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Silver Threads: Suggested writes of passage

Bettye Anding

Bettye Anding

In my memories of the elementary school classrooms of my childhood, there are always strips of handwriting exercises tacked over the blackboards — you know, that Spenserian script with the rows of circles that looked like slightly pulled out springs, the “push-me, pull-mes,” the fancy capital letters.

We pupils were being taught the Palmer Method of penmanship, and in my case, the learning culminated in the eighth grade, when we had a daily, one-hour class in cursive writing. That seems as old-fashioned as home-ec for girls, doesn’t it? And that was the class I had right after Miss Dozie McGowan taught us how to infuse our personal and business correspondence with elegance.

Miss McGowan was a spinster who was probably in her early 60s, although, at the time I thought she was about 105. The nasty boys in the class called her “Aunt Dozie” behind her back, and one time she snuck up on a duo having a discussion about her and said chillingly, “Boys, you’d better believe you’re no relatives of mine.”

I got to thinking about Miss McGowan the other day when I read that cursive writing is on the endangered list.

If you’re an old person, friends send you emails with lists of things that are no longer being used, like typewriters and record players and wringer washing machines and crank up and down car windows. I guess if our moms and dads had had PCs, people would have forwarded pictures of gramophones, horse-drawn buggies and ice-boxes that came with compartments to hold those big blocks that you got at the neighborhood business that froze them for you.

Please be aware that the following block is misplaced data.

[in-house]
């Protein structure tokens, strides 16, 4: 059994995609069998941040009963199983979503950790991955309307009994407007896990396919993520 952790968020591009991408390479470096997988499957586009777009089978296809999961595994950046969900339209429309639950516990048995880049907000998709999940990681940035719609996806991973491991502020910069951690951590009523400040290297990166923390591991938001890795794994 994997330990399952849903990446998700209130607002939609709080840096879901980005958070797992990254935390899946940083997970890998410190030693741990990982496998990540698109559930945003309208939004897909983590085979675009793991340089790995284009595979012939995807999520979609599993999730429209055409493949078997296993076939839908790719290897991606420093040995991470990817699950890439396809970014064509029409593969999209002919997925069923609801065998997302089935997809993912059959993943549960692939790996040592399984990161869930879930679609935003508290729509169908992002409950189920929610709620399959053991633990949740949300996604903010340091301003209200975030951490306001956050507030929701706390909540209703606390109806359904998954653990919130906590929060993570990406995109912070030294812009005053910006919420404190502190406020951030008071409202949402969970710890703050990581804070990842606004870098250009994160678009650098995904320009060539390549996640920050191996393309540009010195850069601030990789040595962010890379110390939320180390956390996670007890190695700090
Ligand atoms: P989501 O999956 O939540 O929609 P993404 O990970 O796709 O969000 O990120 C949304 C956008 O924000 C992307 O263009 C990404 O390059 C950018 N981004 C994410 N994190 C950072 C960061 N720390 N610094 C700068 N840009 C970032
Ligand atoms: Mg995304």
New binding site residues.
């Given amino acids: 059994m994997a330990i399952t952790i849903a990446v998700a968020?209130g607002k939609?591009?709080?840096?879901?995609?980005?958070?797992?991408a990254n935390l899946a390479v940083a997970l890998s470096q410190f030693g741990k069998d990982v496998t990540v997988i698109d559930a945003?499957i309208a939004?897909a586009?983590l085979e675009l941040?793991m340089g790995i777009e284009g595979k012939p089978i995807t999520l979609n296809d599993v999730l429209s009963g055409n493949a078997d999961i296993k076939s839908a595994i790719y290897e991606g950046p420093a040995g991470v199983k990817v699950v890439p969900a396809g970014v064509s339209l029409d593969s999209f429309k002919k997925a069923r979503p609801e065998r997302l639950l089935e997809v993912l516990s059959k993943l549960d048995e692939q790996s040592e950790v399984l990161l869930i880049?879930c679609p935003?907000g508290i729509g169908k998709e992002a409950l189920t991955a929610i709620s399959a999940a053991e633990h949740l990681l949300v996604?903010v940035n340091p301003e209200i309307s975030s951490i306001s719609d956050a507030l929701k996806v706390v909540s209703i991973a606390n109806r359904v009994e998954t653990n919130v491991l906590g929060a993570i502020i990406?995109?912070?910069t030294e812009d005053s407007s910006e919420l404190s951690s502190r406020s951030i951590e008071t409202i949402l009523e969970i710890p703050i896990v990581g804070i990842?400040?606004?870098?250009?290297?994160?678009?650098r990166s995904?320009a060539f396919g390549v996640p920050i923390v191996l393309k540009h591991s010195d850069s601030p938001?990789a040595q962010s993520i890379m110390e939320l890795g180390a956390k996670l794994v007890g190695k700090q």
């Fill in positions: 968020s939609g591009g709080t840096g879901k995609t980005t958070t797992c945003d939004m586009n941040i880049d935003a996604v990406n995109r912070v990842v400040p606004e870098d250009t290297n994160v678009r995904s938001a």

But who would have thought people would dispense with something like cursive writing — “handwriting” — script? Cursive writing in some languages began in ancient times; in English, it dates back to the Norman Conquest.

The method originated because it’s faster than printing by hand and the fragile quill, then used for writing, didn’t have to be lifted from the paper as often. But unless reports of its demise are greatly exaggerated, the next generation or two — who won’t have to worry about breaking their quills — will one day be printing everything they need for communication without technological assistance. The Common Core State Standards (which we’ve been reading a lot about in our local newspapers recently) set guidelines for what students should learn and when they should learn it, and now absent is any mention of handwriting or cursive.

Ken Makovsky, contributor to Forbes magazine, recently wrote:

Sad news! One unexpected off-shoot of the internet revolution has been the slow death of cursive writing. And one unanticipated consequence, according to The New York Times, is that the non-cursive generations coming after us old-timers will be unable to read important historical documents … including, for example, the Declaration of Independence!

He quotes some teachers as lamenting the loss of handwriting skill among their students, but writes, “others disagree, including Jen Doll at the Village Voice, who asserts that ‘cursive sucks! And, in our modern day keyboard- and Smartphone-focused lifestyles, we simply don’t need it.’”

Texting rules! Students already turn in homework assignments via their PCs, greetings are exchanged on Facebook, thank-you notes are e-mailed — and I’m guilty of that myself. Taking pen in hand is an action that’s going the way of dialing on the landline — but you get the message anyway.


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